When a squall tore through Moscow at the end of May, the toll was unusually high: The fierce gales killed 18 people and injured scores more, officials say, and inflicted about $3.5 billion in damages in Russia's capital region.
Now, there's another casualty. Earlier this month, Russia's government fired the head of its weather forecasting agency, the Federal Service for Hydrometeorology and Environmental Monitoring, or Roshydromet. Alexander Frolov, 65, had surpassed the mandatory retirement age for civil servants, but the real reason he was forced out, observers say, was Roshydromet's failure to anticipate the late-May storm's intensity and warn Muscovites accordingly. His ousting also sent a message to the environment ministry, Roshydromet's overseer. The state prosecutor's office, according to the newspaper Kommersant, demanded that the ministry take steps to increase the accuracy of forecasts in light of a changing climate.
The new charge to the environment ministry reflects a sea change in Russia's views about climate change and how the nation must respond. Politicians have acknowledged that extreme weather events have doubled over the past 25 years, to 590 in 2016, and that average temperatures are rising, particularly in the Arctic. Yet until recently, tackling climate change was a low priority for the federal government. One reason is complacence, because Russia's greenhouse gas emissions have already plummeted since the collapse of the Soviet Union. Another is political: Russia's economy depends heavily on pumping oil and gas out of the ground. Many influential voices here routinely debunked climate change, and some Russian newspapers in recent years chalked up climate variability to a mythical U.S. weapon aimed at Russia, or as a foreign plot aimed at Russia's energy exports.
That thinking has gone out the window. "We have already witnessed [climate change] effects this summer and we need to prepare for more damage to come," says Anton Kulbachevsky, the head of Moscow city's environmental committee. He says that climate-related economic damage in the Moscow region, home to 20 million people, is expected to reach $4.3 billion a year by 2025, a figure comparable to the national toll, on average, in recent years.
Unease spread nationwide this summer, after forest fires razed 4.6 million hectares of Siberian taiga and flooding ravaged the Far East. The mosquito-borne West Nile virus has made gains in southern Russia, and tick-borne encephalitis and Lyme disease are spreading in the north. Officials as well as scientists blame those disturbing patterns on climate change. "Climate change is a real threat for Russia, and the country and its regions urgently need to start adapting to it, building resilience," Larisa Korepanova, a senior official at the natural resources ministry, said at a climate forum organized by the city of Moscow and held there in August.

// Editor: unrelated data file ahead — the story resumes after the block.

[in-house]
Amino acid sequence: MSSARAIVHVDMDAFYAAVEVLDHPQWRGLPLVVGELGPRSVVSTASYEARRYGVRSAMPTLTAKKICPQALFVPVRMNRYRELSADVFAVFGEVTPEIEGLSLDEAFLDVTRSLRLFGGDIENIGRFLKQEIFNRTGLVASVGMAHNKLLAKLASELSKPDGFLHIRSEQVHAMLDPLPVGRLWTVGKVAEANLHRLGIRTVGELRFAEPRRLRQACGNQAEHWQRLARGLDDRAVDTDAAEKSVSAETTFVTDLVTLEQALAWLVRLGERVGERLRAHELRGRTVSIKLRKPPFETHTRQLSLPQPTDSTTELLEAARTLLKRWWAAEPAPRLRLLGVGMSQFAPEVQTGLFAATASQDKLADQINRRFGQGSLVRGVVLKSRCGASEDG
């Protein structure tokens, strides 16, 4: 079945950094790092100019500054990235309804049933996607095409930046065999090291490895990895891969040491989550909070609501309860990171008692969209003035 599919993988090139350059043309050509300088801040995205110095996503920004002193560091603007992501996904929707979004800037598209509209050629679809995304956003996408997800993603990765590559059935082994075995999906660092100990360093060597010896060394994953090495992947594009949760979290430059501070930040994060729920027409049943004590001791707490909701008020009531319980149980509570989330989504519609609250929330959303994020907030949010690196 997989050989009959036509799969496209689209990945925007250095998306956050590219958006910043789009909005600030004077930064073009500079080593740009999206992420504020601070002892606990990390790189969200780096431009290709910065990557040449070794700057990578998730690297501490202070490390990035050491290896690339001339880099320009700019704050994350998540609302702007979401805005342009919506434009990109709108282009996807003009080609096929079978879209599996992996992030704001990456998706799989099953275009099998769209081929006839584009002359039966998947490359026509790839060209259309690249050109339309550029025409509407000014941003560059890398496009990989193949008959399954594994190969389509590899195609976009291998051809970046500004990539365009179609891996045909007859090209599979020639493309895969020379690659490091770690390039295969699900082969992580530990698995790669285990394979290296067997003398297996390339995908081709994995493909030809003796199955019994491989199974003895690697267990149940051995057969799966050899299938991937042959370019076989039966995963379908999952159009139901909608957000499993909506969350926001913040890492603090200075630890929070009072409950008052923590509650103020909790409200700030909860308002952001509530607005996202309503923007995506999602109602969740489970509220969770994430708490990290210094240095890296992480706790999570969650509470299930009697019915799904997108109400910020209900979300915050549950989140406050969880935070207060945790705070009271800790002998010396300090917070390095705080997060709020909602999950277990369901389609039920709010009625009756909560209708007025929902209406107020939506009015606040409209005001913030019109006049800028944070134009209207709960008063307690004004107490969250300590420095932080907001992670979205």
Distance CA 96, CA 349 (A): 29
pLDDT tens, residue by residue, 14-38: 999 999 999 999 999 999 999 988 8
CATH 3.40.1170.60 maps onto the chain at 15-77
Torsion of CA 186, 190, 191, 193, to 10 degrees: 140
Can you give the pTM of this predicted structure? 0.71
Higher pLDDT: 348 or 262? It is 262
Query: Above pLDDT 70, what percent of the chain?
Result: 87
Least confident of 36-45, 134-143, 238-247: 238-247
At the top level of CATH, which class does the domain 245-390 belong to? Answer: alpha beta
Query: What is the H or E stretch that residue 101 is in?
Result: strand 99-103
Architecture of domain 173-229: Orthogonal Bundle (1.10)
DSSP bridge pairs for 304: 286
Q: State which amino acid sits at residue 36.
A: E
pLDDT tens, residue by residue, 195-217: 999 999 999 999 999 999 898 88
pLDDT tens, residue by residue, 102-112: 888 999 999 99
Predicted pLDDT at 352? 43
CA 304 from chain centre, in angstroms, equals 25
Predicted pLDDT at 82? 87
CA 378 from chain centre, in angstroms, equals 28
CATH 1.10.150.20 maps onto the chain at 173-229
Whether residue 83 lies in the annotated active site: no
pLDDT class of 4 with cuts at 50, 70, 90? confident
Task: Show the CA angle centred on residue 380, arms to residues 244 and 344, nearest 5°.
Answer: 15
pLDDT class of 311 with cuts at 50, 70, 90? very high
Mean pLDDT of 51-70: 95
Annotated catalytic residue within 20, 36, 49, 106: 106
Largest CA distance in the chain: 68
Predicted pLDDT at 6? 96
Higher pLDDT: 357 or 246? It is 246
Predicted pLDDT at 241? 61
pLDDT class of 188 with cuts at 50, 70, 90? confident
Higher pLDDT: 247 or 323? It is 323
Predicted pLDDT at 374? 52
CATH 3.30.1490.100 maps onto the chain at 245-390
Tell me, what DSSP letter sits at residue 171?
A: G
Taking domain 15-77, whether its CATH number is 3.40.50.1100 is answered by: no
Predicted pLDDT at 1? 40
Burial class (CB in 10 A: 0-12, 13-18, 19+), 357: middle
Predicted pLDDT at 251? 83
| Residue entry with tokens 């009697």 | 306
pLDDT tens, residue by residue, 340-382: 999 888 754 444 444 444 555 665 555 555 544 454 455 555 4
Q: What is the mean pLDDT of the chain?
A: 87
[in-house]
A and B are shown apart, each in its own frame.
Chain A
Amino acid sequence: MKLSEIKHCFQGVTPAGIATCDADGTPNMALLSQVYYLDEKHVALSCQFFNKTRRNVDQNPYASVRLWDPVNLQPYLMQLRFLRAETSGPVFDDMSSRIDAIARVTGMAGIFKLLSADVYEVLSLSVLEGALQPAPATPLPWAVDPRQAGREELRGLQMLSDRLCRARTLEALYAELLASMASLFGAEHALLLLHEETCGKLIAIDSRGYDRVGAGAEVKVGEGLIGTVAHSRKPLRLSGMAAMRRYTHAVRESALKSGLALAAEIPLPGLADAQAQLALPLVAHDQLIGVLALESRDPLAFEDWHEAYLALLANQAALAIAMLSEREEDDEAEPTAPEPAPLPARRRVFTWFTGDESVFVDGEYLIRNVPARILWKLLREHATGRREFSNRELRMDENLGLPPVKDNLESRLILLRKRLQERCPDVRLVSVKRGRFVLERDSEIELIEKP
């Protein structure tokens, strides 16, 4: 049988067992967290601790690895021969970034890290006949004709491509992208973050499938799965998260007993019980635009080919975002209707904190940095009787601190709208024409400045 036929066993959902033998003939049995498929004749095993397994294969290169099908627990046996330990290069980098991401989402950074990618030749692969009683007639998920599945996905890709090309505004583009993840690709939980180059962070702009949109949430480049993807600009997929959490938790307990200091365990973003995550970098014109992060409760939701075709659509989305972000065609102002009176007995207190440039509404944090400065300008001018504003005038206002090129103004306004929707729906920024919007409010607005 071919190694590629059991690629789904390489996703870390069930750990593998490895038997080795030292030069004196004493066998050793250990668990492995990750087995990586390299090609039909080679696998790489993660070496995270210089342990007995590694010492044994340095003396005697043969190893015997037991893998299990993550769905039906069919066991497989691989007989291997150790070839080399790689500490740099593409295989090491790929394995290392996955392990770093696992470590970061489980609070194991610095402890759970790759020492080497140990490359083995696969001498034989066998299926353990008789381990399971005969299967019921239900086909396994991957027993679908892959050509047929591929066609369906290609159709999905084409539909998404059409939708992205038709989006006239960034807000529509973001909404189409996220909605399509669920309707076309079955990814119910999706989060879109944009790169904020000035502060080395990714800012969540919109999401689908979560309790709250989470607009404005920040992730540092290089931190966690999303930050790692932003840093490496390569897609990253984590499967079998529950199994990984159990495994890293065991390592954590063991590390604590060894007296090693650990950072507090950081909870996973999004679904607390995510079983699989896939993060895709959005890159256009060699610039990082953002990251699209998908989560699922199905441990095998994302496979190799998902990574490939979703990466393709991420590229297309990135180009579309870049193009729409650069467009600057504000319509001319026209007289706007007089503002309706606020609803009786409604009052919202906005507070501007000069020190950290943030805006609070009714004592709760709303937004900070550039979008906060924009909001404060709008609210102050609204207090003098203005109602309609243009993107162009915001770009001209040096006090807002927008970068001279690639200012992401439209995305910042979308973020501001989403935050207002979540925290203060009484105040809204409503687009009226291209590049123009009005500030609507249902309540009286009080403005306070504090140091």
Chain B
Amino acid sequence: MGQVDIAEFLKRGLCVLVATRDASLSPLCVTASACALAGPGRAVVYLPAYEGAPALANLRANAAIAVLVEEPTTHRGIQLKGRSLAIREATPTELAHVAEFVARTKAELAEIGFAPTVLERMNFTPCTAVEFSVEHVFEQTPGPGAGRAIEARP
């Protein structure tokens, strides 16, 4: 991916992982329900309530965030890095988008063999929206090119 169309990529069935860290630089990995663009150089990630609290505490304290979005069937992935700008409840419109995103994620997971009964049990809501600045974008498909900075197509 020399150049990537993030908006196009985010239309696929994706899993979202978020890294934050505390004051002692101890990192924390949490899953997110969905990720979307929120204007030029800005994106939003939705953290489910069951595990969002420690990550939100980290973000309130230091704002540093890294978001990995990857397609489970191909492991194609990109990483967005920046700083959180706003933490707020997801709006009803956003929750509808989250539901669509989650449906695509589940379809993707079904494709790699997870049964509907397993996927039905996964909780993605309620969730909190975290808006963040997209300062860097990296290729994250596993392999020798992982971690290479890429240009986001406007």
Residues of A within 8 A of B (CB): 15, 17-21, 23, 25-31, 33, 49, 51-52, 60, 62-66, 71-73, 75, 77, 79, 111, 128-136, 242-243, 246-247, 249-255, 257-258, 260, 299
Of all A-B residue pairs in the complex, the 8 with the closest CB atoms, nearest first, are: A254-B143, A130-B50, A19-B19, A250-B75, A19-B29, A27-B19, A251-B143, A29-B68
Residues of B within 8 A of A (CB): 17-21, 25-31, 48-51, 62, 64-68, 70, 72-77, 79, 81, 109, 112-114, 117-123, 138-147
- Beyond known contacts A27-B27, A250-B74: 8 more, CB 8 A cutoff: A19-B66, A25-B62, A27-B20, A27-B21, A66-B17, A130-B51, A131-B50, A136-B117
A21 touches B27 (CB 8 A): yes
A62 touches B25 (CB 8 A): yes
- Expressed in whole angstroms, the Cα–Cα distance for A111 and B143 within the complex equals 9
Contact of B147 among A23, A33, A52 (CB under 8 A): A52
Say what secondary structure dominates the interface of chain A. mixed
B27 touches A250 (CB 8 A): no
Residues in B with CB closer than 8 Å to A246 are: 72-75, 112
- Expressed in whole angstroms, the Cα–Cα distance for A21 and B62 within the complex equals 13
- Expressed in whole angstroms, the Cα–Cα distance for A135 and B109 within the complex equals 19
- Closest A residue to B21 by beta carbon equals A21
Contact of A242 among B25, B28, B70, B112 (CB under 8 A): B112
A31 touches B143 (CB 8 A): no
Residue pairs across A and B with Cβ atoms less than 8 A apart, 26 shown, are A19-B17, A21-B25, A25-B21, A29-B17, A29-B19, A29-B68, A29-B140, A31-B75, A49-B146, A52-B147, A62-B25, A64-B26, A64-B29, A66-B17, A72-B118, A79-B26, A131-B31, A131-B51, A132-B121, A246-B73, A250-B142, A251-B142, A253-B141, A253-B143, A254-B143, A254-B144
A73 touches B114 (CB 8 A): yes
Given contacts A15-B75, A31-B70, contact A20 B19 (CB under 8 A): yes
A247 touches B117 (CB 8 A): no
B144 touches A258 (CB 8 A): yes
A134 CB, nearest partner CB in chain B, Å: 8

That's exactly what a draft adaptation plan for the Moscow region aims to do. Unveiled at the forum, the strategy takes stock of which sectors are most vulnerable to climate change, recommends adaptation measures, and estimates compliance costs. The draft plan lauds the high resilience it sees in the city's power grids, housing complexes, and transportation networks. But it raises the specter of more frequent and pronounced heat waves that would sicken or kill rising numbers of Muscovites and decimate greenery, as well as worsening air quality that would erode health.
In 2010, Moscow experienced a preview of what it may have to adapt to on a regular basis. Over 44 days that summer, sweltering temperatures, as well as particulates from forest fires and smog, resulted in nearly 11,000 deaths in the Moscow region, mainly among people over 65 years old, says Boris Revich, head of the Russian Academy of Sciences's environmental health laboratory in Moscow. To better cope with heat waves, the adaptation plan calls for modernizing hospitals, establishing free water supplies, and ensuring that senior centers and kindergartens have air conditioning.
Although Russia is bracing for climate change, it has shown little desire to rein in carbon emissions. It intends to ratify the Paris climate accord in 2019 or 2020, the president's climate adviser recently confirmed. But the country can afford to do little and still meet its emissions pledges for 2020 to 2030, which range from 25% to 30% below 1990 levels. Russia is already running 30% below levels in 1990, the year before the Soviet collapse wiped out much heavy industry.
Today's carbon-intensive industries—most prominently the coal, steel, and metal sectors—are reluctant to do more, arguing for voluntarily ratcheting up energy efficiency without setting specific emissions targets. The federal government is on board with that approach. Speaking at a United Nations forum in November 2016, Yaroslav Mandron, a top climate official in Russia's economic development ministry in Moscow, suggested that the federal government's climate policy should concentrate on efficiency until about 2030, after which it could revisit the idea of enacting stricter emissions standards.
Russia's emissions targets are certainly unambitious, says Alexey Kokorin, director of the climate and energy program at the World Wildlife Fund Russia, an environmental group in Moscow. But he sees unmistakable signs of progress: "It is good that Russian officials and the political elite recognize the threats coming from climate change and acknowledge the necessity of adaptation."
Angelina Davydova is a journalist in Saint Petersburg, Russia.